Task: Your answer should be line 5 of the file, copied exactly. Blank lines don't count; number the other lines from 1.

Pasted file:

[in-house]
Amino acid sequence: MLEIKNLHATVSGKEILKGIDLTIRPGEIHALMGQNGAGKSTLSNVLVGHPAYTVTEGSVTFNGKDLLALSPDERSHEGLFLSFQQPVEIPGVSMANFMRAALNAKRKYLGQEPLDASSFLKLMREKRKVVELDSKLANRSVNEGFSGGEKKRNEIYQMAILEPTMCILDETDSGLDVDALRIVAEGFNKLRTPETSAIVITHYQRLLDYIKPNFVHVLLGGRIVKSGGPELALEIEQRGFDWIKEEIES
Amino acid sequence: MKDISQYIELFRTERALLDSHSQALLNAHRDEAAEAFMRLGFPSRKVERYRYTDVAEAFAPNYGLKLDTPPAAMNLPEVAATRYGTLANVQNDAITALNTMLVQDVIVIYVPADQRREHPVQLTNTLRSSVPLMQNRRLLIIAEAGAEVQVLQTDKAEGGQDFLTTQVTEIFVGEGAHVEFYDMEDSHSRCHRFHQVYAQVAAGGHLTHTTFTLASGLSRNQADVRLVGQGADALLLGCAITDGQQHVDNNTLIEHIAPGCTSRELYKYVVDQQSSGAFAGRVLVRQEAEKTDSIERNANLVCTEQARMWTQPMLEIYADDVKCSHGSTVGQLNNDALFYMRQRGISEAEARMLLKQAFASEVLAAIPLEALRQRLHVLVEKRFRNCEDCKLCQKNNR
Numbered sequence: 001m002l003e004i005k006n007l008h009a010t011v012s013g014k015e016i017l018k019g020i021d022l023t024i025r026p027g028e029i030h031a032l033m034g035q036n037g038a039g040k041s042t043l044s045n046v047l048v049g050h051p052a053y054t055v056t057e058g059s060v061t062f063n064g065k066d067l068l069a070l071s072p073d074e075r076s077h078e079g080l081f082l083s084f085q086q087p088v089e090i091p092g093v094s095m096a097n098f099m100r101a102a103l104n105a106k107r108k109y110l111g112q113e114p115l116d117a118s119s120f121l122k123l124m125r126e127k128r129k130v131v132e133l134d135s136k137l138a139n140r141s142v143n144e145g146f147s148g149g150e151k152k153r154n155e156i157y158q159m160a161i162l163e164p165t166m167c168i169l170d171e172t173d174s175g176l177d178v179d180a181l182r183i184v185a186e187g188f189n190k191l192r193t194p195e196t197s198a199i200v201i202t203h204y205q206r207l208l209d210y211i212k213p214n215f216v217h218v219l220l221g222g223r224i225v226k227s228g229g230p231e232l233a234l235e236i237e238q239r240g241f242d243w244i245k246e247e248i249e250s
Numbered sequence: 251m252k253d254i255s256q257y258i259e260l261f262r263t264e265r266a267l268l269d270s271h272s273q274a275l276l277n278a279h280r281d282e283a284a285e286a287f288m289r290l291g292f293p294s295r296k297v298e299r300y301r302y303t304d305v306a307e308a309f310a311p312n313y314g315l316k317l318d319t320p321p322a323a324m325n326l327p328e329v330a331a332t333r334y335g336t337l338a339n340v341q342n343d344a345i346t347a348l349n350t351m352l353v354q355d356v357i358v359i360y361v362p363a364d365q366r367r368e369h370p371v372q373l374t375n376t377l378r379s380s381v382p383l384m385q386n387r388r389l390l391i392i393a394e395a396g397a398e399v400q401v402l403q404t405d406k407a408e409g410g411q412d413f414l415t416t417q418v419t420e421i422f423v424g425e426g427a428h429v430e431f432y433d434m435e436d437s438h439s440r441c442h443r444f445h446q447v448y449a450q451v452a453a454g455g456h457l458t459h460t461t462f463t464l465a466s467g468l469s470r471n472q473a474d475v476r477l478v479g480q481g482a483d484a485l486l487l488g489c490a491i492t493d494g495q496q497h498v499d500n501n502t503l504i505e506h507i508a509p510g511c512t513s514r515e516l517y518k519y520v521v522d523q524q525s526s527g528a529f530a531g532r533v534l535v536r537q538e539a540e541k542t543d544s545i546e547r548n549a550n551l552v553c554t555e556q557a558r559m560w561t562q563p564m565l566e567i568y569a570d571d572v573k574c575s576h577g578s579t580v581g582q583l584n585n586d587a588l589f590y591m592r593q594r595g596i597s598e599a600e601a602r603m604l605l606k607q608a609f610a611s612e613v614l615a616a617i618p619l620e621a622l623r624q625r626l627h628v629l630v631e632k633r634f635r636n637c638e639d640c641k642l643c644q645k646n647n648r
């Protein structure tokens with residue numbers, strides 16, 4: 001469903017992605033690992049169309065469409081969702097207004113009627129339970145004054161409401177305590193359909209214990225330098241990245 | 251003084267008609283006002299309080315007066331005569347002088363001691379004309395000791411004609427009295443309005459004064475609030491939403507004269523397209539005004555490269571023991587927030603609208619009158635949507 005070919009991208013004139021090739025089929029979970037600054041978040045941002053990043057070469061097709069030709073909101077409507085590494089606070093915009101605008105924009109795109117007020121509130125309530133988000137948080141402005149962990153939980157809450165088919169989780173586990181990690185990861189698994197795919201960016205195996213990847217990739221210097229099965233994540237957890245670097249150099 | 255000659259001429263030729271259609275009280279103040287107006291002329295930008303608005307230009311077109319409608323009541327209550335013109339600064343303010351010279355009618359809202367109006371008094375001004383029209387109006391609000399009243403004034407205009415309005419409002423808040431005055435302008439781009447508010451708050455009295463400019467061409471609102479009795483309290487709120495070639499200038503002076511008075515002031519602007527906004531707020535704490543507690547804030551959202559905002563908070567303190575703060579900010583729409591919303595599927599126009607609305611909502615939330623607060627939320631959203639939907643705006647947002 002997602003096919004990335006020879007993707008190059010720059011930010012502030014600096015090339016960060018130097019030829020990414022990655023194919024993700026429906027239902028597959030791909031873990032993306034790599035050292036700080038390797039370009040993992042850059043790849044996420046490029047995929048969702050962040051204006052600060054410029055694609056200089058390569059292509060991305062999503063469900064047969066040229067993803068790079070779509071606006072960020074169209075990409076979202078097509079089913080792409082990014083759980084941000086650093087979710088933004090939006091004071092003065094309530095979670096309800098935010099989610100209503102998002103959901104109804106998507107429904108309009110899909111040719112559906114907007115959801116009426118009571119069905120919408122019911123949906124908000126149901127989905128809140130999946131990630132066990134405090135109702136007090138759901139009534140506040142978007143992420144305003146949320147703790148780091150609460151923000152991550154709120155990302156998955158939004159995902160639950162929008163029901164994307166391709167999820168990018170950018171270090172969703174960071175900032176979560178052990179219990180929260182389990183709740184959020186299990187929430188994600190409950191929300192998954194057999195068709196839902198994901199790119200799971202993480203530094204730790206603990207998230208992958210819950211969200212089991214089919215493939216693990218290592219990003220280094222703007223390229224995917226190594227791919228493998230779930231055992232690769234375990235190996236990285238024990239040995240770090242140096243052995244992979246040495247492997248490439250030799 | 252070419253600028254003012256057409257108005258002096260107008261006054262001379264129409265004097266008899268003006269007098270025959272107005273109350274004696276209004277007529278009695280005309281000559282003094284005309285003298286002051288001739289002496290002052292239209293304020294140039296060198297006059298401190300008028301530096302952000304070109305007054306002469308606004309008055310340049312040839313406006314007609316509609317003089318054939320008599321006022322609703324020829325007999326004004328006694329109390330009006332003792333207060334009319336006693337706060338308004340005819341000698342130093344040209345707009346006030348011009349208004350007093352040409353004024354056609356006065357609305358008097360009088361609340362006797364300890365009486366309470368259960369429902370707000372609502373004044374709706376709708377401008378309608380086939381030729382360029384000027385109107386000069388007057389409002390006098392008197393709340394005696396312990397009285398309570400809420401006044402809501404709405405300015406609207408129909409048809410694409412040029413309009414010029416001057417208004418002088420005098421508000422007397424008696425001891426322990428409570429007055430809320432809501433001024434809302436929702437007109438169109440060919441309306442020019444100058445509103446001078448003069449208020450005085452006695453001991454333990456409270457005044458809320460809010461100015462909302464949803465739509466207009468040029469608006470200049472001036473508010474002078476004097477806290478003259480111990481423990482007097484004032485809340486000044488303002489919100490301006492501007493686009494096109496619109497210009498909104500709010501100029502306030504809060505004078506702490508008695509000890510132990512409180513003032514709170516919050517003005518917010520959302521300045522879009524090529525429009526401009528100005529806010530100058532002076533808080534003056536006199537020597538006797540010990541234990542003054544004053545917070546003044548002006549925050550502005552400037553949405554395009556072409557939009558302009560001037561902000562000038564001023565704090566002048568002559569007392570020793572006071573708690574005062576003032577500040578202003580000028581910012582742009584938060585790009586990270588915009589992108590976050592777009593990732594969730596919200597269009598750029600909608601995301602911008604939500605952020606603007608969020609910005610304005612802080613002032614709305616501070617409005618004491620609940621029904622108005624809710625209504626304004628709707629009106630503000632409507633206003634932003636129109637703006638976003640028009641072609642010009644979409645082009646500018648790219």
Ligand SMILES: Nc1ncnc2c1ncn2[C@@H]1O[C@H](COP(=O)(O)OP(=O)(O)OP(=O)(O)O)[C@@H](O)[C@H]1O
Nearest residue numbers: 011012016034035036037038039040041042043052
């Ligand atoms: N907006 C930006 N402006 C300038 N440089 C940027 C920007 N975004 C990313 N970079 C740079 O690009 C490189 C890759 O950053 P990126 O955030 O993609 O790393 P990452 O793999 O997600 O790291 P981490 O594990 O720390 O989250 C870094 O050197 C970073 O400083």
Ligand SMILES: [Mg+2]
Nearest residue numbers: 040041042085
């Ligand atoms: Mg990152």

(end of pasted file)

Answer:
Numbered sequence: 251m252k253d254i255s256q257y258i259e260l261f262r263t264e265r266a267l268l269d270s271h272s273q274a275l276l277n278a279h280r281d282e283a284a285e286a287f288m289r290l291g292f293p294s295r296k297v298e299r300y301r302y303t304d305v306a307e308a309f310a311p312n313y314g315l316k317l318d319t320p321p322a323a324m325n326l327p328e329v330a331a332t333r334y335g336t337l338a339n340v341q342n343d344a345i346t347a348l349n350t351m352l353v354q355d356v357i358v359i360y361v362p363a364d365q366r367r368e369h370p371v372q373l374t375n376t377l378r379s380s381v382p383l384m385q386n387r388r389l390l391i392i393a394e395a396g397a398e399v400q401v402l403q404t405d406k407a408e409g410g411q412d413f414l415t416t417q418v419t420e421i422f423v424g425e426g427a428h429v430e431f432y433d434m435e436d437s438h439s440r441c442h443r444f445h446q447v448y449a450q451v452a453a454g455g456h457l458t459h460t461t462f463t464l465a466s467g468l469s470r471n472q473a474d475v476r477l478v479g480q481g482a483d484a485l486l487l488g489c490a491i492t493d494g495q496q497h498v499d500n501n502t503l504i505e506h507i508a509p510g511c512t513s514r515e516l517y518k519y520v521v522d523q524q525s526s527g528a529f530a531g532r533v534l535v536r537q538e539a540e541k542t543d544s545i546e547r548n549a550n551l552v553c554t555e556q557a558r559m560w561t562q563p564m565l566e567i568y569a570d571d572v573k574c575s576h577g578s579t580v581g582q583l584n585n586d587a588l589f590y591m592r593q594r595g596i597s598e599a600e601a602r603m604l605l606k607q608a609f610a611s612e613v614l615a616a617i618p619l620e621a622l623r624q625r626l627h628v629l630v631e632k633r634f635r636n637c638e639d640c641k642l643c644q645k646n647n648r